The admission reception is free. The works are slated to be on display through Aug. 31. —D.O.
New Cult Classic
Shadowcast of Repo! The Genetic Opera
Midnight, Saturday, July 10
4690 N. Oracle Road
Repo! The Genetic Opera is quickly gaining cult-classic status—so much so that, as with The Rocky Horror Picture Show, people are gathering to re-enact the film.
The film takes place in the year of 2056. The human race has been plagued with an internal-organ illness that's depleted the Earth's population. However, the company GeneCo has emerged to provide organ transplants to the public. But there's a hitch: If the organ recipient can't make the required payments, he or she will have the organs gruesomely repossessed.
Talk about a bill that no one wants to forget to pay!
On Saturday, the Oracle View Theater will show the film with a shadowcast: As the film plays, live actors and actresses will also act out the scenes for the audience's pleasure.
Christopher Sabiston, the director of the shadowcast, believes the event will bring out a crowd of cult-movie enthusiasts.
"The film has been widely regarded as a cult classic, and I believe that the audience will be pleased with what they will witness," Sabiston said.
Sabiston said he plans to get the audience involved—and not just sit there, watching. He is also planning on making the show a once-a-month event.
"The actors will be taking volunteers from the audience to join in on the play, making the film more interactive. We want to make sure the audience can enjoy both the film and the shadowcast," Sabiston said. "Though we're not really focusing on the singing during the film, our main focus is to involve the audience in the shadowcast."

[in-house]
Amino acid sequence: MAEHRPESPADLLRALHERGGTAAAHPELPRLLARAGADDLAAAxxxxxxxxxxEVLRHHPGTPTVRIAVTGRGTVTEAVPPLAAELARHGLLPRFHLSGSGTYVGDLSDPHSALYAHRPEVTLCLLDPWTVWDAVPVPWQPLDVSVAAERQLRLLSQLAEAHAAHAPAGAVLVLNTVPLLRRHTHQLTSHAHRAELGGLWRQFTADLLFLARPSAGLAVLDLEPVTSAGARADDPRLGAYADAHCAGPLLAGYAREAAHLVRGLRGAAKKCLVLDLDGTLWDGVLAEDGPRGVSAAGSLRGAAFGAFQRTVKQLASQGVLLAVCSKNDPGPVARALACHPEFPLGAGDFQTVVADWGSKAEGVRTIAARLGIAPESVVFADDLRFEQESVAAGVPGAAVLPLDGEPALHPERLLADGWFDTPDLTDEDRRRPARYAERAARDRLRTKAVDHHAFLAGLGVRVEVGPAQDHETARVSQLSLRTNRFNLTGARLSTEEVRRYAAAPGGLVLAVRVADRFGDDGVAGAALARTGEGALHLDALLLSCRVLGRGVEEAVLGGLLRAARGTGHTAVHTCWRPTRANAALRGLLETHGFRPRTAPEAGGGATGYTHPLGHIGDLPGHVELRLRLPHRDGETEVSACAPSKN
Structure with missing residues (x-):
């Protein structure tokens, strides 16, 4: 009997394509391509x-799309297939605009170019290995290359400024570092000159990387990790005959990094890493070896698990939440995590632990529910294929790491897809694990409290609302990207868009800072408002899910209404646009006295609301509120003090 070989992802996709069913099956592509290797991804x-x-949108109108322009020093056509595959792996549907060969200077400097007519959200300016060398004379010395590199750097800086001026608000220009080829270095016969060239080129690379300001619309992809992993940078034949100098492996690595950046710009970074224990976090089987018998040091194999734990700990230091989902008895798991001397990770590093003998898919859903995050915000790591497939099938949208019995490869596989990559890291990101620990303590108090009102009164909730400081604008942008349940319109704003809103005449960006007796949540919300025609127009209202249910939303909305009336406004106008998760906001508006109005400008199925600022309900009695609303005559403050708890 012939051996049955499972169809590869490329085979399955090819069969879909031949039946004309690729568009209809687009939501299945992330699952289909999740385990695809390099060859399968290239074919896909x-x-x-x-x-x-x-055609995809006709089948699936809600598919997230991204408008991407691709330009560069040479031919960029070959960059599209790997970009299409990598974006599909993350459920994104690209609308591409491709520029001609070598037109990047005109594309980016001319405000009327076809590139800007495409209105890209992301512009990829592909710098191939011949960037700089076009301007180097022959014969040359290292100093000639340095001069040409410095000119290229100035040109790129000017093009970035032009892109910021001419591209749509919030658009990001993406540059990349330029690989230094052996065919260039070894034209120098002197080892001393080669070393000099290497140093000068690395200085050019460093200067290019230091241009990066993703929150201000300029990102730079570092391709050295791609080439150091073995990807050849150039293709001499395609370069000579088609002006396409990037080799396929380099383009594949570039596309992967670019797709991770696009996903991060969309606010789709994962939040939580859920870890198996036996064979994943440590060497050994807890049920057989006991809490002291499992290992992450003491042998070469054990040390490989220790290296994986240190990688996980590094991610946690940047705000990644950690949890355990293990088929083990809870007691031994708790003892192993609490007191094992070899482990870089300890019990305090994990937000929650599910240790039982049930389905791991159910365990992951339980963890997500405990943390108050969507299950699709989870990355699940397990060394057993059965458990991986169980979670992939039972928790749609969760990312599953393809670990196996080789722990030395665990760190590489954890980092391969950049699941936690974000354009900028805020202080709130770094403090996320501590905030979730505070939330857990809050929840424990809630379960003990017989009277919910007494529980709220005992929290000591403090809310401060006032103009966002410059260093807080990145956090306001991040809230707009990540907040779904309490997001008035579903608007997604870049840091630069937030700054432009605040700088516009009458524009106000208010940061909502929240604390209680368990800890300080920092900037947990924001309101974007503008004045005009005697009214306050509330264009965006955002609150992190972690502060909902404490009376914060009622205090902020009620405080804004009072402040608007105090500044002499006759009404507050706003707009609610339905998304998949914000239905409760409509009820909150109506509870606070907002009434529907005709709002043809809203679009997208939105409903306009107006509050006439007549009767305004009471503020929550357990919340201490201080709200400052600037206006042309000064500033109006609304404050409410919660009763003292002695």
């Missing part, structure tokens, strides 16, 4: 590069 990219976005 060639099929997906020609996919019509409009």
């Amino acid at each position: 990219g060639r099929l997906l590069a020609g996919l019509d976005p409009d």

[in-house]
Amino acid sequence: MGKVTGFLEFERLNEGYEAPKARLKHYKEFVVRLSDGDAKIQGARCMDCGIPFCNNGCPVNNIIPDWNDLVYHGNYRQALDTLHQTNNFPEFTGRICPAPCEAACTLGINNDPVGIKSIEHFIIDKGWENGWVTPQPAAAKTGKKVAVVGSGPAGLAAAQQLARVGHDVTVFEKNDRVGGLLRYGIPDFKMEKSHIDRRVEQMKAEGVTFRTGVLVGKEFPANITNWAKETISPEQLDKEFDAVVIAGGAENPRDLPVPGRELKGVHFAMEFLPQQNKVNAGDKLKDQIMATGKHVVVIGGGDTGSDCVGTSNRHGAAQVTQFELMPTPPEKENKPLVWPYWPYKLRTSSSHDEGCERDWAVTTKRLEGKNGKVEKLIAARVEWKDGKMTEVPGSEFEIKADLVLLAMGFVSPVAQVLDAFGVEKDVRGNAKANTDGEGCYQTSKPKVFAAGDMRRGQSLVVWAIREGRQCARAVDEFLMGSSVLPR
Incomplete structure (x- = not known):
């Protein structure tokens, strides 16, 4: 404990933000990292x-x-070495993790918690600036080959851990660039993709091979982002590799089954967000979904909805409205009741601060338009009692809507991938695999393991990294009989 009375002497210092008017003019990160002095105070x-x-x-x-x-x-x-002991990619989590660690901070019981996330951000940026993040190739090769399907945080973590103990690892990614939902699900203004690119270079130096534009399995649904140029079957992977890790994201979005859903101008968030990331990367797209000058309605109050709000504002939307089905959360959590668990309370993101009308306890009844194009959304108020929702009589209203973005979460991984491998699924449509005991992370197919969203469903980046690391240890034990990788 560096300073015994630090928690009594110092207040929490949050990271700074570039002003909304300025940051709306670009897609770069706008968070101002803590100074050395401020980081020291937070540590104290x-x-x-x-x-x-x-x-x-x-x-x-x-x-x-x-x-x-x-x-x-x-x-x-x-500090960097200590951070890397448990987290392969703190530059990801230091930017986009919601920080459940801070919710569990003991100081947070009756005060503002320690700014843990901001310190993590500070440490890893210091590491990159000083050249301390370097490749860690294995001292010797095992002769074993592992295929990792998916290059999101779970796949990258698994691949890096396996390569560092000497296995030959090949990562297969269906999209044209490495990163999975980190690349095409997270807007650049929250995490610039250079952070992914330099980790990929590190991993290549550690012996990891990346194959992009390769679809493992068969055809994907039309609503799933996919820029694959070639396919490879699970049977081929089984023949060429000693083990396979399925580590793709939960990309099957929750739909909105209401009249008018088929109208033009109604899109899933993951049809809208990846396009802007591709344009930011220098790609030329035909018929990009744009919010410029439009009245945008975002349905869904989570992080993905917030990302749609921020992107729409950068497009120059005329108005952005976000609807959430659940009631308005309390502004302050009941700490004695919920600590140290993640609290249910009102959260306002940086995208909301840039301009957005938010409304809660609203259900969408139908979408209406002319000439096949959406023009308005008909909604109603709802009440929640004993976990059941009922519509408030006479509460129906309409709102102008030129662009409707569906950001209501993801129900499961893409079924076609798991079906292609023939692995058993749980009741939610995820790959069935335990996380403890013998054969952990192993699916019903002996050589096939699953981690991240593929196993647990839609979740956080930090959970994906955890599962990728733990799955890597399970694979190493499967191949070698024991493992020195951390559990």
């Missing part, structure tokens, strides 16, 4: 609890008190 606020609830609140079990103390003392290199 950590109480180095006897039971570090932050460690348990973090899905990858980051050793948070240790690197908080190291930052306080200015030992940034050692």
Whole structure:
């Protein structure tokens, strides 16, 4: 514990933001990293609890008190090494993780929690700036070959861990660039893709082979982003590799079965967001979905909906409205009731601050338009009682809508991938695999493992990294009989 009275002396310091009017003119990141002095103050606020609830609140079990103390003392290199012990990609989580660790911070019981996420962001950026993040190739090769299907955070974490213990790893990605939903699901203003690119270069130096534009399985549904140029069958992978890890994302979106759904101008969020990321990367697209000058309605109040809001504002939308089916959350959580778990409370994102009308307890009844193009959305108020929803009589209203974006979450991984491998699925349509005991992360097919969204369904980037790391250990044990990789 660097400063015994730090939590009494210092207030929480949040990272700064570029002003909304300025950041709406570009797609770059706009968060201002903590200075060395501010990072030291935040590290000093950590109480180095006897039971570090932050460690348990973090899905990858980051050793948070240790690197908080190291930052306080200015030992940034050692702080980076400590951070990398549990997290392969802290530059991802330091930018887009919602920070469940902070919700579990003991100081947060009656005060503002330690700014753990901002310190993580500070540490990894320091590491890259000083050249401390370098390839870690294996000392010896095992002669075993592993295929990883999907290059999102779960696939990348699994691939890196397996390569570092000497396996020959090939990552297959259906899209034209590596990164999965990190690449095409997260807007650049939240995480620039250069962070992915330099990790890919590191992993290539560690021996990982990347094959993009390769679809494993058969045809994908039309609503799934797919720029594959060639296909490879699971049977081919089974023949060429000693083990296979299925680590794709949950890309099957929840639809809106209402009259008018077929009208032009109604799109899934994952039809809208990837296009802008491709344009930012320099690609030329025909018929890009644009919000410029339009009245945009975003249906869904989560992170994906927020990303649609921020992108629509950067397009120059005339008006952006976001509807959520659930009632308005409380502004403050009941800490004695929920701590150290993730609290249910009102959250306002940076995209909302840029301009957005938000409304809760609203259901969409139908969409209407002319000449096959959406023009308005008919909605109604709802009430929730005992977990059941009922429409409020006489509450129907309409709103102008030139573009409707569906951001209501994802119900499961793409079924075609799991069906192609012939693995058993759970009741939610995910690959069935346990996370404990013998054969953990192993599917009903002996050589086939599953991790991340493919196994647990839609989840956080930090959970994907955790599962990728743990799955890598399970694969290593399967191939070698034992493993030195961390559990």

Doors will open at 11 p.m., and the show will begin at midnight. Admission is $8. —D.O.
Pests, Go Away
"Food for Thought: Non-Chemical Control of Insects in Your Home and Garden"
Noon to 1 p.m., today, Thursday, July 8
Joel D. Valdez Main Library
101 N. Stone Ave.
Many Tucsonans have a summer problem on their hands—and we're not talking about the heat.
That problem: pests in your home and gardens. From pesky mosquitoes buzzing around weekend cookouts to beetles scattered throughout your backyard, they're everywhere.
Well, the Joel D. Valdez Main Library is here to help, with the lecture "Food for Thought: Non-Chemical Control of Insects in Your Home and Garden."
"I have been doing these types of lectures for about 15 years, and my main goal is to inform the audience that using non-chemical resources should be the first step in controlling a pest problem," said presenter Christina O'Connell, an entomologist. "I am not anti-chemical, but I just believe that regulating sanitation and moisture control will benefit a person more.
"Using chemicals should be the last step in controlling a pest problem. I also do these lectures because using non-chemical resources is a lot cheaper than using chemicals to control a pest problem."
O'Connell said she will go over 50 different common insects, and will also discuss any insects that individual attendees may be having problems with.
"I will show how the insect looks at birth, what they eat and how they can be controlled," O'Connell said.
Admission to the lecture is free. A two-hour free parking validation is available for the structure located beneath the library. —D.O.